Split-brain

Decent Essays
Improved Essays
Superior Essays
Great Essays
Brilliant Essays
    Page 1 of 50 - About 500 Essays
  • Superior Essays

    The Split Brain Theory

    • 1295 Words
    • 6 Pages

    of the brain or more of the right side” was concluded by Dr. Gayatri Devi, the professor of neurology at New York (“Left brain right brain theory”). This is a reference to the myth that people think they are more dominant on their left side of their brain and vice versa. The split-brain theory, better known as the left-brain, right-brain theory, is a theory that distinguishes people as “left brained” or “right brained”, which had originated when neurological patients’ left side and right side of their brain was surgically disconnected. This became more significant in the 1960’s and 1970’s when neuropsychologist Roger W. Sperry conducted 16 split-brain operations…

    • 1295 Words
    • 6 Pages
    Superior Essays
  • Great Essays

    Split-Brain Theory

    • 1752 Words
    • 8 Pages

    Introduction The human brain can be divided in terms of its structure as well as function. Structurally under the cranium of any human being exists a brain with two plainly visible parts, each about the size of a fist, known as the right and the left hemispheres of the cerebral cortex. Even though these two hemispheres appear identical in terms of structure, they perform distinct functions. Split-brain studies and cognitive research has indicated that the left hemisphere is associated with…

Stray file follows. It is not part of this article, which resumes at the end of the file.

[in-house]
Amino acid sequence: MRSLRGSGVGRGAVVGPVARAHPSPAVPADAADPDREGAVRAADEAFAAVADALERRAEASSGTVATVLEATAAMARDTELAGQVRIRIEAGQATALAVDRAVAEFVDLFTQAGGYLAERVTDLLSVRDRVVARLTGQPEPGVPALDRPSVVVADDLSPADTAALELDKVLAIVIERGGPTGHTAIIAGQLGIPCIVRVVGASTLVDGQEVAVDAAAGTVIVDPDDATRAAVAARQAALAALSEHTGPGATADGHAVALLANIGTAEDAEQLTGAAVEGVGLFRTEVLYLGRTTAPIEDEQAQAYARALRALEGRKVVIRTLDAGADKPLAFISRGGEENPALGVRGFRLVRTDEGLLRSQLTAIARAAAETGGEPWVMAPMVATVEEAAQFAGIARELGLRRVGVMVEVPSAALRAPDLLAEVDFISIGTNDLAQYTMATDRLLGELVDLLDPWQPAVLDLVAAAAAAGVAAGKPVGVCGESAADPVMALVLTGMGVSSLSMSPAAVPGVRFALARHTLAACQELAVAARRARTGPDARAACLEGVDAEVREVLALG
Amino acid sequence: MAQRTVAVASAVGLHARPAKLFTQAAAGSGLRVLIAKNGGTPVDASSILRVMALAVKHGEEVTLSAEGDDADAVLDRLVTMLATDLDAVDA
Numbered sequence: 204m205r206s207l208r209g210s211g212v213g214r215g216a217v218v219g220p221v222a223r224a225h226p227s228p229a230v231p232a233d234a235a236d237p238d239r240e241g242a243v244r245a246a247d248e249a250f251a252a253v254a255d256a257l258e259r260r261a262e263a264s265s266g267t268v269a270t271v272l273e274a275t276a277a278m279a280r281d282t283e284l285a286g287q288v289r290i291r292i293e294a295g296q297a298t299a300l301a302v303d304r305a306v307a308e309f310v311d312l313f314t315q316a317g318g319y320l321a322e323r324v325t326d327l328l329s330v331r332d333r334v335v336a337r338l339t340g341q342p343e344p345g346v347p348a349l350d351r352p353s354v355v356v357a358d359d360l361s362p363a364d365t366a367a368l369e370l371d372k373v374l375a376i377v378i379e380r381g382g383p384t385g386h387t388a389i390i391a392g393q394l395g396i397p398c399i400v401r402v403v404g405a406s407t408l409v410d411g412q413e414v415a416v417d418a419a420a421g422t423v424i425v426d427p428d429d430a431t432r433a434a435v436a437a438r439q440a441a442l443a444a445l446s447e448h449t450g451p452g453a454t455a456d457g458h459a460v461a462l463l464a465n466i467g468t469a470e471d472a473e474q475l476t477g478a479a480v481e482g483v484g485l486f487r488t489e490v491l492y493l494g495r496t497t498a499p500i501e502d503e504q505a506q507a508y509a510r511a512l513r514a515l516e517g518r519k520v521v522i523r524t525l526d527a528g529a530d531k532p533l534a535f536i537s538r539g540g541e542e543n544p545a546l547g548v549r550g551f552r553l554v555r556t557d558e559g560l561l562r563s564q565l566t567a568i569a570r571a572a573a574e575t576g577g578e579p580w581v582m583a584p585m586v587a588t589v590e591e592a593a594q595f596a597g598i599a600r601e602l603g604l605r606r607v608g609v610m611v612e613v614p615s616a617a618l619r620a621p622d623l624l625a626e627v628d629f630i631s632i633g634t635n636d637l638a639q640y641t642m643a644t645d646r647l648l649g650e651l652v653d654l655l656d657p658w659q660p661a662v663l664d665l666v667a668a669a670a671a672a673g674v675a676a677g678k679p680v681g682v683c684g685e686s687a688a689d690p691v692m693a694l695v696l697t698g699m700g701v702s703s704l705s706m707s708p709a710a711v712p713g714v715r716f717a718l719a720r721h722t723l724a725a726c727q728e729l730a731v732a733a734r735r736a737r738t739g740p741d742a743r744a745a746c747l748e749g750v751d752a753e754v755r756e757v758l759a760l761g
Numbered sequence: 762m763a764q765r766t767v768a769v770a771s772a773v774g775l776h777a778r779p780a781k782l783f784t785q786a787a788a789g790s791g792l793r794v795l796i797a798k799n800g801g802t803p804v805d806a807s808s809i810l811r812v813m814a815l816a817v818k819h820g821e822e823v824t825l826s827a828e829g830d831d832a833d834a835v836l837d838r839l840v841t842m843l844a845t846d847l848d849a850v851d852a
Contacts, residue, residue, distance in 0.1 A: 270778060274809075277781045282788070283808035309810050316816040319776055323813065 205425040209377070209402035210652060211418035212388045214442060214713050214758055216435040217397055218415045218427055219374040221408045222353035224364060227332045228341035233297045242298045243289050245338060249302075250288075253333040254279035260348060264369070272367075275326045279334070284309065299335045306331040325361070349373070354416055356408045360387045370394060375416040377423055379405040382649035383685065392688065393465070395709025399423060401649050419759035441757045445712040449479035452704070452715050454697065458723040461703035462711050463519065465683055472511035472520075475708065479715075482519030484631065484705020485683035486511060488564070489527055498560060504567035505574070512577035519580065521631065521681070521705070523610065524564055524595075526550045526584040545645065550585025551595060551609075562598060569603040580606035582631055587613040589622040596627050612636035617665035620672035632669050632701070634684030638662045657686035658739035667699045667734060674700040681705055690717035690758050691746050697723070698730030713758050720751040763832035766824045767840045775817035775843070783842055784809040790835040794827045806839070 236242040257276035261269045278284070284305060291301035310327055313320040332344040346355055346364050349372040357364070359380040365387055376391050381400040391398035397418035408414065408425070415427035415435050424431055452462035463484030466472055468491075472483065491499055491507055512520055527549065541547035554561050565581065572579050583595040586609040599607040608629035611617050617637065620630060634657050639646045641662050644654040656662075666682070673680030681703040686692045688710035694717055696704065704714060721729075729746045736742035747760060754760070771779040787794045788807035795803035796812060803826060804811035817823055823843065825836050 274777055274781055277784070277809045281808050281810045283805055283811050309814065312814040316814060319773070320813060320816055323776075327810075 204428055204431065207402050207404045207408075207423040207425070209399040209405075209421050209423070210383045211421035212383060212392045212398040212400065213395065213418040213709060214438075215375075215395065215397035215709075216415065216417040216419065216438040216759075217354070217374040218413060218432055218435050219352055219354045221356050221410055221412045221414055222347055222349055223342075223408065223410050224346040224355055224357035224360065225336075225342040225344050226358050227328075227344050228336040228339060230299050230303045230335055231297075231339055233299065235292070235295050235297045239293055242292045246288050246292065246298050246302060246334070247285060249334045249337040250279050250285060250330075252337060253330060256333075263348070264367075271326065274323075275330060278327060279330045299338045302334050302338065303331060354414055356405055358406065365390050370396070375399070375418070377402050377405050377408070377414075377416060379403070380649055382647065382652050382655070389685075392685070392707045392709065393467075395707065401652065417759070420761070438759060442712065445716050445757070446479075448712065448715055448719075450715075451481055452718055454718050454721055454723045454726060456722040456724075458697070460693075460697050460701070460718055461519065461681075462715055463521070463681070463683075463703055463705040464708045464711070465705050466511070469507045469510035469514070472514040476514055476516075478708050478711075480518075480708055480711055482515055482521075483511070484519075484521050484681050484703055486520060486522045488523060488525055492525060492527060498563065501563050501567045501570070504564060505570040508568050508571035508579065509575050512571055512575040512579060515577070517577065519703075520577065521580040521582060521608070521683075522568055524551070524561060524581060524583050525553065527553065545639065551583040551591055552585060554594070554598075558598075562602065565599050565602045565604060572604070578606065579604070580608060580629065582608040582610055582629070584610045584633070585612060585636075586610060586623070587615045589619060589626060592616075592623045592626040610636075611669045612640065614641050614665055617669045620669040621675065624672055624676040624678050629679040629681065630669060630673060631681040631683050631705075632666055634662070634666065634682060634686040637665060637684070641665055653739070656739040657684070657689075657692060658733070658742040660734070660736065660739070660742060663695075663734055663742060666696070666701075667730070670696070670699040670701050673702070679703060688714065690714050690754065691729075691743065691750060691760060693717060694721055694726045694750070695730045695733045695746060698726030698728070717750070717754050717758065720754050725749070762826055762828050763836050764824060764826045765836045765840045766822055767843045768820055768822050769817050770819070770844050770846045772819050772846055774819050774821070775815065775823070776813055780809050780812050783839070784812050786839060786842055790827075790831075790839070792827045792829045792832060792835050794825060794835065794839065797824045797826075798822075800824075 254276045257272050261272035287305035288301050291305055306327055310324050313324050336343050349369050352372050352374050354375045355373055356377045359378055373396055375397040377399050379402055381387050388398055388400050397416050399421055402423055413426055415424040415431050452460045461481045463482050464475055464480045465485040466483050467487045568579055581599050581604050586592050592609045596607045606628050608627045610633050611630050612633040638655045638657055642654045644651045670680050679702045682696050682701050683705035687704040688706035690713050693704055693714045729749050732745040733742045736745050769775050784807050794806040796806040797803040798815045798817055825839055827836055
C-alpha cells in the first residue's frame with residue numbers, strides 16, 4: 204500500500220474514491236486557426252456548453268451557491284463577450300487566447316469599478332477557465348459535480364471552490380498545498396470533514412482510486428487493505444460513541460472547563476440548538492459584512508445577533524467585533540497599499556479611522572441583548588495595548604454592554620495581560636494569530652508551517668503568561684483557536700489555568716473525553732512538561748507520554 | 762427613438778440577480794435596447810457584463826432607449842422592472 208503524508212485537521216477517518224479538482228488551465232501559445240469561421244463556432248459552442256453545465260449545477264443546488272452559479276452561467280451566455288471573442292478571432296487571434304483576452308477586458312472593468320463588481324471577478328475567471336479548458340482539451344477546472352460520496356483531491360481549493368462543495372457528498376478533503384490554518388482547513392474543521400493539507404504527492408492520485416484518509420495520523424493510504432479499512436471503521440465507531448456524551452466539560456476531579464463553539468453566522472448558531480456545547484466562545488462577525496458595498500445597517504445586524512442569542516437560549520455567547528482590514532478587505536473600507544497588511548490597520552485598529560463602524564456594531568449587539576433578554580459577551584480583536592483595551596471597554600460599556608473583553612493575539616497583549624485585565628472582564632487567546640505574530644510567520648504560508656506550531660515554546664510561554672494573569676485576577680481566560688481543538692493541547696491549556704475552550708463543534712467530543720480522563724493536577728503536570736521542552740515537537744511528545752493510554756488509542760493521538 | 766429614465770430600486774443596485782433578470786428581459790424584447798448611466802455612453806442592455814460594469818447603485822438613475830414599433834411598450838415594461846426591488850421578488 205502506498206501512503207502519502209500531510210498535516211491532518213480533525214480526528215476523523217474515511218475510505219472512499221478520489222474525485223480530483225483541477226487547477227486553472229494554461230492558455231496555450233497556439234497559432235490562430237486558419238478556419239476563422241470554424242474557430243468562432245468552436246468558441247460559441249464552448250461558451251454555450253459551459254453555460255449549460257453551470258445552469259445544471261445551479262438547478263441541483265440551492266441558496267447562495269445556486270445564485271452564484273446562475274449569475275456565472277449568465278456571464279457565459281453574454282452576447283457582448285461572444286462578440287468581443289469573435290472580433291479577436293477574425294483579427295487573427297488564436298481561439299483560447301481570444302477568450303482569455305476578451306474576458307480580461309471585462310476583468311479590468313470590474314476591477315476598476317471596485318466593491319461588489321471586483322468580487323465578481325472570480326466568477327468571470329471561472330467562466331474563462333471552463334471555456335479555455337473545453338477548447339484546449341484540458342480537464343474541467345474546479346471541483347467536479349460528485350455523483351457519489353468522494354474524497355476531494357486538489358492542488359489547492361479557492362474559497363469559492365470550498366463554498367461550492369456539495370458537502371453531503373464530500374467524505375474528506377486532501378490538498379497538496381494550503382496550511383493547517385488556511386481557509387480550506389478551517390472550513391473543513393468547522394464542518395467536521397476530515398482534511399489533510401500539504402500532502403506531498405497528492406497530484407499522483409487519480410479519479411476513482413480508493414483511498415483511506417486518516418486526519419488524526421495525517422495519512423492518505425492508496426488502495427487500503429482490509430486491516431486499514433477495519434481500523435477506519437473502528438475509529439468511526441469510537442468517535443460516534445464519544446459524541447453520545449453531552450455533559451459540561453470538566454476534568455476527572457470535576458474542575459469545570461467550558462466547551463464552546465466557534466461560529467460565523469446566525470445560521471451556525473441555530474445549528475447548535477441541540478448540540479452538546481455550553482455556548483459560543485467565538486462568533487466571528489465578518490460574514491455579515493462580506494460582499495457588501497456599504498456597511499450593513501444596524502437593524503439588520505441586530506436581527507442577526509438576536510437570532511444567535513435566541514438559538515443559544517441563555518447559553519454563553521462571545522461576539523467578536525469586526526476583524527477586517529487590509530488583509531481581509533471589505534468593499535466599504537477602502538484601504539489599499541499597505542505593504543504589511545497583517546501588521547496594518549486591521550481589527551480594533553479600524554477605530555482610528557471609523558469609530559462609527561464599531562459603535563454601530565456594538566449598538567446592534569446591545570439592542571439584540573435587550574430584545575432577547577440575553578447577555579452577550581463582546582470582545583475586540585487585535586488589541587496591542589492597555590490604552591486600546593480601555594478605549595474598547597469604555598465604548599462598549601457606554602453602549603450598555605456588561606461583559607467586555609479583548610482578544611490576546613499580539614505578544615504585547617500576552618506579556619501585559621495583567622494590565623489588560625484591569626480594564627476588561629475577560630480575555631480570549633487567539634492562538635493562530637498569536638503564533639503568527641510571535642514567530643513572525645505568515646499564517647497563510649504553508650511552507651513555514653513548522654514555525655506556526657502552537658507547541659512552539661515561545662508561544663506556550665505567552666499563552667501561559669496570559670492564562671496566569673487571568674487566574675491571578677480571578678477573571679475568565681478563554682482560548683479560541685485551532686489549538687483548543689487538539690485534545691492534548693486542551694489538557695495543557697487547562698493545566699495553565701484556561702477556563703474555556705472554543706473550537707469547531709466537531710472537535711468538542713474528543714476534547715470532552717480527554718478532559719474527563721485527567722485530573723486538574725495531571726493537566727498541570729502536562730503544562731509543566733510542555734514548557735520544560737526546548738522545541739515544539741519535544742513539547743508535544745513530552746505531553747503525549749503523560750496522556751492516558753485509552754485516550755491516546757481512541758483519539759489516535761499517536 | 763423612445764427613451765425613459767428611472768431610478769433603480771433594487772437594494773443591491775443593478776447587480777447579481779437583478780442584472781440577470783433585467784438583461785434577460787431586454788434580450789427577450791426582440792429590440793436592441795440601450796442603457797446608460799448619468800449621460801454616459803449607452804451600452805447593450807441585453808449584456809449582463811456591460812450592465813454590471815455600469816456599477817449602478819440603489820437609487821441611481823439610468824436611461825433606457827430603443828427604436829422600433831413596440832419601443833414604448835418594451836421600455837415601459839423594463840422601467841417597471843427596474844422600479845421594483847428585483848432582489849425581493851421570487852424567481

• 1752 Words
    • 8 Pages
    Great Essays
  • Improved Essays

    The brain split case was first discovered in the laboratory by Roger Sperry and Ronal Meyers. The brain split was first tested on humans in 1961. Patients were not capable to transport most of the data starting with one half of the their head to the other. This meant that there were two differentiate brains. Micheal Gazzaniga completed further analyses which demonstrated the left side of the hemisphere on adjusting for its absence of information, and additionally endeavors toward the right side…

    • 988 Words
    • 4 Pages
    Improved Essays
  • Superior Essays

    Schizophrenia Split Brain

    • 1280 Words
    • 6 Pages

    Schizophrenia, meaning “split mind,” is a disorder of the brain that results in numerous symptoms including slurred speech, catatonic movements, difficulty expressing emotions, hallucinations, delusions, disinterest, confused behaviors, and decreased motivation. For a disorder that has this variety of symptoms, numerous areas of the brain and the mechanisms that aid the brain, including neurotransmitters, must be affected. Looking at the symptoms of schizophrenia and the roles of several parts…

    • 1280 Words
    • 6 Pages
    Superior Essays
  • Improved Essays

    spatial selective attention between “neurologically normal young adults” and split-brain subjects by measuring response times when presented unilateral and bilateral visual arrays. 2. The purpose for this experiment was to gather information about spatial selective attention, and to investigate whether “an independent focus of attention is deployed by each surgically separated hemisphere in a visual search task, such that bilateral stimulus arrays can be scanned at a faster rate by split brain…